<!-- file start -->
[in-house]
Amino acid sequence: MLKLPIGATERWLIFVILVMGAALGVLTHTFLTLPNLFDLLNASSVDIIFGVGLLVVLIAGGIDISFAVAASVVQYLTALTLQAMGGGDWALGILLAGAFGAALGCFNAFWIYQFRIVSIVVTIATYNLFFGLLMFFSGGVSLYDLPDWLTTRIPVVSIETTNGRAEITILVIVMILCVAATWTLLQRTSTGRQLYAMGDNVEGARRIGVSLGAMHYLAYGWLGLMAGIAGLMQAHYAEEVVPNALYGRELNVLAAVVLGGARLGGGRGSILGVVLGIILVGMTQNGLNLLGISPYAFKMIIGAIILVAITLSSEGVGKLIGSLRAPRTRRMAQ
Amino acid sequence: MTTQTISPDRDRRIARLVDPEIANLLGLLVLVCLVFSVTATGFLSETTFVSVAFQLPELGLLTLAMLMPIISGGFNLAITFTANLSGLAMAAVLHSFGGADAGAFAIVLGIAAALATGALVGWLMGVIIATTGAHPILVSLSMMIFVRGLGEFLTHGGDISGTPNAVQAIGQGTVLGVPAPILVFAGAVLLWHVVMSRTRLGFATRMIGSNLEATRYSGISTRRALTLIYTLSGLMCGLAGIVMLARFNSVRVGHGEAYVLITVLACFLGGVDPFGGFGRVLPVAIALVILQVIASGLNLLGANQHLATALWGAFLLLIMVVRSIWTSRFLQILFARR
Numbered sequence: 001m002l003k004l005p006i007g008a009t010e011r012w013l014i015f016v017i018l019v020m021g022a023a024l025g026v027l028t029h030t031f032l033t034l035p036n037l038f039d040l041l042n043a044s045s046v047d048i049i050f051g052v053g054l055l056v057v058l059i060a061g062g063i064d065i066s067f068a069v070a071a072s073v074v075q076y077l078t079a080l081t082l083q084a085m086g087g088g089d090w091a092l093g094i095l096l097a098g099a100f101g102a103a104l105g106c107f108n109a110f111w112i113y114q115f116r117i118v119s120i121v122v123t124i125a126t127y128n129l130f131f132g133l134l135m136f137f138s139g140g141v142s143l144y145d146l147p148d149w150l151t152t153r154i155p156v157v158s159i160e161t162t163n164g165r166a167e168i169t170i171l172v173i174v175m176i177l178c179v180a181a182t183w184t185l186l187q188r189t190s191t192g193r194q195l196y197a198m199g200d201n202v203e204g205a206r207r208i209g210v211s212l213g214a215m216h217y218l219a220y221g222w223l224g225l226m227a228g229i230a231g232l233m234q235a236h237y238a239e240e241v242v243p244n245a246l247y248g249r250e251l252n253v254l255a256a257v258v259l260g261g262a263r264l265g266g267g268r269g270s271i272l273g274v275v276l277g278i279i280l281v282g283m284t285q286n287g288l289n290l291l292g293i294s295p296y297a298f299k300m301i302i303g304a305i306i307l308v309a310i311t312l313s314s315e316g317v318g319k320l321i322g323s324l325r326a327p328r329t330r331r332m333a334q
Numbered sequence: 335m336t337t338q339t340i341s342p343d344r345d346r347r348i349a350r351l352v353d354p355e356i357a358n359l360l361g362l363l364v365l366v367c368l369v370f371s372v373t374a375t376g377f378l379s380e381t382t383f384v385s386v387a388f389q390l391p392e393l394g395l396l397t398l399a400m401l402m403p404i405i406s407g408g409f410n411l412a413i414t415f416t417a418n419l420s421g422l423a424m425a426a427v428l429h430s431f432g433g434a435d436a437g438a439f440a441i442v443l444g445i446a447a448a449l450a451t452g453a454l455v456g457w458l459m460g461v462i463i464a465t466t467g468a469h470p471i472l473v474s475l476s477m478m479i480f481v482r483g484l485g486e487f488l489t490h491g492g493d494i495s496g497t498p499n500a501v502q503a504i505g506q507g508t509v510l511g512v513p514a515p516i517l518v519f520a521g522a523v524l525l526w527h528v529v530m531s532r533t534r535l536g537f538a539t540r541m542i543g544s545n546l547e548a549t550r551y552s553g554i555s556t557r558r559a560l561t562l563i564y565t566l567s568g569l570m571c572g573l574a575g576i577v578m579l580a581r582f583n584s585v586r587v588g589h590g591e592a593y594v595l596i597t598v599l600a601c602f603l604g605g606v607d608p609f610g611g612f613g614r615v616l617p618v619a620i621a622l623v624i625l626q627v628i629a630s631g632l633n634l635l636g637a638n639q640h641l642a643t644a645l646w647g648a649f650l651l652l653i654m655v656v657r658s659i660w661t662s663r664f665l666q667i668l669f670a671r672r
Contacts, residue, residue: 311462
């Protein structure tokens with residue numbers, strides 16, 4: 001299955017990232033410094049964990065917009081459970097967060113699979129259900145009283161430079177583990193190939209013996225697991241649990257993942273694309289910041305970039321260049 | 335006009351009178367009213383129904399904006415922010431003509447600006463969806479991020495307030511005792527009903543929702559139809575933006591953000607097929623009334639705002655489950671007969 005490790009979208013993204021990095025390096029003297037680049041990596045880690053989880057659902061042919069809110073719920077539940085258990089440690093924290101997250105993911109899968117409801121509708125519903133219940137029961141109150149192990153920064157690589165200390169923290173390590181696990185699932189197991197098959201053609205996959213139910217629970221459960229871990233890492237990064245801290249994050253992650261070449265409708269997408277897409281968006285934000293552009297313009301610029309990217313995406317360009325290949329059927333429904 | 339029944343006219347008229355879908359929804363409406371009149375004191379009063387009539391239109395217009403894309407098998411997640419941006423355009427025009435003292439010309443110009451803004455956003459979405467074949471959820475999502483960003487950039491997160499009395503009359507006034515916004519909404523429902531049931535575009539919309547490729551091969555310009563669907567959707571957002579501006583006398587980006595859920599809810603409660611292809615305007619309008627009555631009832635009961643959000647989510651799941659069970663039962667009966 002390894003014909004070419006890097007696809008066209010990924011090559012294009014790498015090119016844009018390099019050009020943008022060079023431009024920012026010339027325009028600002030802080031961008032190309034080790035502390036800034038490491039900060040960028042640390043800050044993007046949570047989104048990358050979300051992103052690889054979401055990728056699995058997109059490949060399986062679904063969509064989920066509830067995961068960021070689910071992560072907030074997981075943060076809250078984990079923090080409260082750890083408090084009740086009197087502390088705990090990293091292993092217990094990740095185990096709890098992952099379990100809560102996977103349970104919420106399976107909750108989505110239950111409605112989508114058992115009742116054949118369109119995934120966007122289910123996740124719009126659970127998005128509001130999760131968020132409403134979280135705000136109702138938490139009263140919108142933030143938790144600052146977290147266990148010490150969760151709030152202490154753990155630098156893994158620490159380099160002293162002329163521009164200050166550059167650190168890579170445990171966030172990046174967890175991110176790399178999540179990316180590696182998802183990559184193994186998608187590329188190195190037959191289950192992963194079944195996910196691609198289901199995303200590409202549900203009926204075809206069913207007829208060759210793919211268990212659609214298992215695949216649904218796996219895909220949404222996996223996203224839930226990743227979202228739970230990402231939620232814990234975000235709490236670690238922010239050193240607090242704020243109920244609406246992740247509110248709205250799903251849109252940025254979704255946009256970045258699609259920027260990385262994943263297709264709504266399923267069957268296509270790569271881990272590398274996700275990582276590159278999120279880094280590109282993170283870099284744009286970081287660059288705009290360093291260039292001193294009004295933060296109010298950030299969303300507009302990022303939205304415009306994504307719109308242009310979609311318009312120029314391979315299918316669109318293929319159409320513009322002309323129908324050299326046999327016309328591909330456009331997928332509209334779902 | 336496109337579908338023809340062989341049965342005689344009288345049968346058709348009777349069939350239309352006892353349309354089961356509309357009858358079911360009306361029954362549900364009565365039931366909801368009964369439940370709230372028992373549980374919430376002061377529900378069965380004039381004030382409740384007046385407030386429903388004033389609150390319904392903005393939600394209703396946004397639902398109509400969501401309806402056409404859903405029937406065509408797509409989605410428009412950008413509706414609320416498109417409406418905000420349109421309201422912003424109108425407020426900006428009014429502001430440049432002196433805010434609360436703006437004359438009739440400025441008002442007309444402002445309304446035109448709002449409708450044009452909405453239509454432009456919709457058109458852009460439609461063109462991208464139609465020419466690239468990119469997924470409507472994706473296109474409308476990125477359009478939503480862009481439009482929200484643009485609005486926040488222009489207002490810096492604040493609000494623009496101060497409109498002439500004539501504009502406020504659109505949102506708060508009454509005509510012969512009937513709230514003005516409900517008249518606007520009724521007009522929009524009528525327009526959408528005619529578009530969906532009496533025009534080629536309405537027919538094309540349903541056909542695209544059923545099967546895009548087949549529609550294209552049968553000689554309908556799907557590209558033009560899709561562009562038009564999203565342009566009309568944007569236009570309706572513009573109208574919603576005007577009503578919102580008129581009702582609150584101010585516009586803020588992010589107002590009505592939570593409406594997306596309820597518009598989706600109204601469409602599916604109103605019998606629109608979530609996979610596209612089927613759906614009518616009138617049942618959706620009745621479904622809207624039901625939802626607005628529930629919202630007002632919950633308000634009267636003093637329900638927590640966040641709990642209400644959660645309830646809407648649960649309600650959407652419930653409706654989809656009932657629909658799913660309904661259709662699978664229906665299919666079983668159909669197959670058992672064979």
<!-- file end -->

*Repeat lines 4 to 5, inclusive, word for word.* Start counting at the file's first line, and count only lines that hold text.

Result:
Numbered sequence: 001m002l003k004l005p006i007g008a009t010e011r012w013l014i015f016v017i018l019v020m021g022a023a024l025g026v027l028t029h030t031f032l033t034l035p036n037l038f039d040l041l042n043a044s045s046v047d048i049i050f051g052v053g054l055l056v057v058l059i060a061g062g063i064d065i066s067f068a069v070a071a072s073v074v075q076y077l078t079a080l081t082l083q084a085m086g087g088g089d090w091a092l093g094i095l096l097a098g099a100f101g102a103a104l105g106c107f108n109a110f111w112i113y114q115f116r117i118v119s120i121v122v123t124i125a126t127y128n129l130f131f132g133l134l135m136f137f138s139g140g141v142s143l144y145d146l147p148d149w150l151t152t153r154i155p156v157v158s159i160e161t162t163n164g165r166a167e168i169t170i171l172v173i174v175m176i177l178c179v180a181a182t183w184t185l186l187q188r189t190s191t192g193r194q195l196y197a198m199g200d201n202v203e204g205a206r207r208i209g210v211s212l213g214a215m216h217y218l219a220y221g222w223l224g225l226m227a228g229i230a231g232l233m234q235a236h237y238a239e240e241v242v243p244n245a246l247y248g249r250e251l252n253v254l255a256a257v258v259l260g261g262a263r264l265g266g267g268r269g270s271i272l273g274v275v276l277g278i279i280l281v282g283m284t285q286n287g288l289n290l291l292g293i294s295p296y297a298f299k300m301i302i303g304a305i306i307l308v309a310i311t312l313s314s315e316g317v318g319k320l321i322g323s324l325r326a327p328r329t330r331r332m333a334q
Numbered sequence: 335m336t337t338q339t340i341s342p343d344r345d346r347r348i349a350r351l352v353d354p355e356i357a358n359l360l361g362l363l364v365l366v367c368l369v370f371s372v373t374a375t376g377f378l379s380e381t382t383f384v385s386v387a388f389q390l391p392e393l394g395l396l397t398l399a400m401l402m403p404i405i406s407g408g409f410n411l412a413i414t415f416t417a418n419l420s421g422l423a424m425a426a427v428l429h430s431f432g433g434a435d436a437g438a439f440a441i442v443l444g445i446a447a448a449l450a451t452g453a454l455v456g457w458l459m460g461v462i463i464a465t466t467g468a469h470p471i472l473v474s475l476s477m478m479i480f481v482r483g484l485g486e487f488l489t490h491g492g493d494i495s496g497t498p499n500a501v502q503a504i505g506q507g508t509v510l511g512v513p514a515p516i517l518v519f520a521g522a523v524l525l526w527h528v529v530m531s532r533t534r535l536g537f538a539t540r541m542i543g544s545n546l547e548a549t550r551y552s553g554i555s556t557r558r559a560l561t562l563i564y565t566l567s568g569l570m571c572g573l574a575g576i577v578m579l580a581r582f583n584s585v586r587v588g589h590g591e592a593y594v595l596i597t598v599l600a601c602f603l604g605g606v607d608p609f610g611g612f613g614r615v616l617p618v619a620i621a622l623v624i625l626q627v628i629a630s631g632l633n634l635l636g637a638n639q640h641l642a643t644a645l646w647g648a649f650l651l652l653i654m655v656v657r658s659i660w661t662s663r664f665l666q667i668l669f670a671r672r